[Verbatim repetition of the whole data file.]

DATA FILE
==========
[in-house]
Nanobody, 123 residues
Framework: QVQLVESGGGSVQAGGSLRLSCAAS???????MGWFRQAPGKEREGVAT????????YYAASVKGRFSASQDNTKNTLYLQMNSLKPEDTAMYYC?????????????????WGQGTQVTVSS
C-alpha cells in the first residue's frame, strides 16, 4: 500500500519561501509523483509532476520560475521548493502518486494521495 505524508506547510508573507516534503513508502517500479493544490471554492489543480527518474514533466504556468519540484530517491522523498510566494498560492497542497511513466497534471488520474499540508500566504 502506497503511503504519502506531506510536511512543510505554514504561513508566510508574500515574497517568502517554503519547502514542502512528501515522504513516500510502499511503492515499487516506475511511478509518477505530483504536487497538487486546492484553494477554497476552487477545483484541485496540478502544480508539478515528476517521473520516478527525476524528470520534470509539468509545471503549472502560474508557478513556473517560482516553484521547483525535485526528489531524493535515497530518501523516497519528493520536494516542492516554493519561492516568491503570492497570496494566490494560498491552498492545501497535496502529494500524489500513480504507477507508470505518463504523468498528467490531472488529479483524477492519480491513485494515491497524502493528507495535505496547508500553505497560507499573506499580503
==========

[in-house]
Nanobody, 123 residues
Framework: QVQLVESGGGSVQAGGSLRLSCAAS???????MGWFRQAPGKEREGVAT????????YYAASVKGRFSASQDNTKNTLYLQMNSLKPEDTAMYYC?????????????????WGQGTQVTVSS
C-alpha cells in the first residue's frame, strides 16, 4: 500500500519561501509523483509532476520560475521548493502518486494521495 505524508506547510508573507516534503513508502517500479493544490471554492489543480527518474514533466504556468519540484530517491522523498510566494498560492497542497511513466497534471488520474499540508500566504 502506497503511503504519502506531506510536511512543510505554514504561513508566510508574500515574497517568502517554503519547502514542502512528501515522504513516500510502499511503492515499487516506475511511478509518477505530483504536487497538487486546492484553494477554497476552487477545483484541485496540478502544480508539478515528476517521473520516478527525476524528470520534470509539468509545471503549472502560474508557478513556473517560482516553484521547483525535485526528489531524493535515497530518501523516497519528493520536494516542492516554493519561492516568491503570492497570496494566490494560498491552498492545501497535496502529494500524489500513480504507477507508470505518463504523468498528467490531472488529479483524477492519480491513485494515491497524502493528507495535505496547508500553505497560507499573506499580503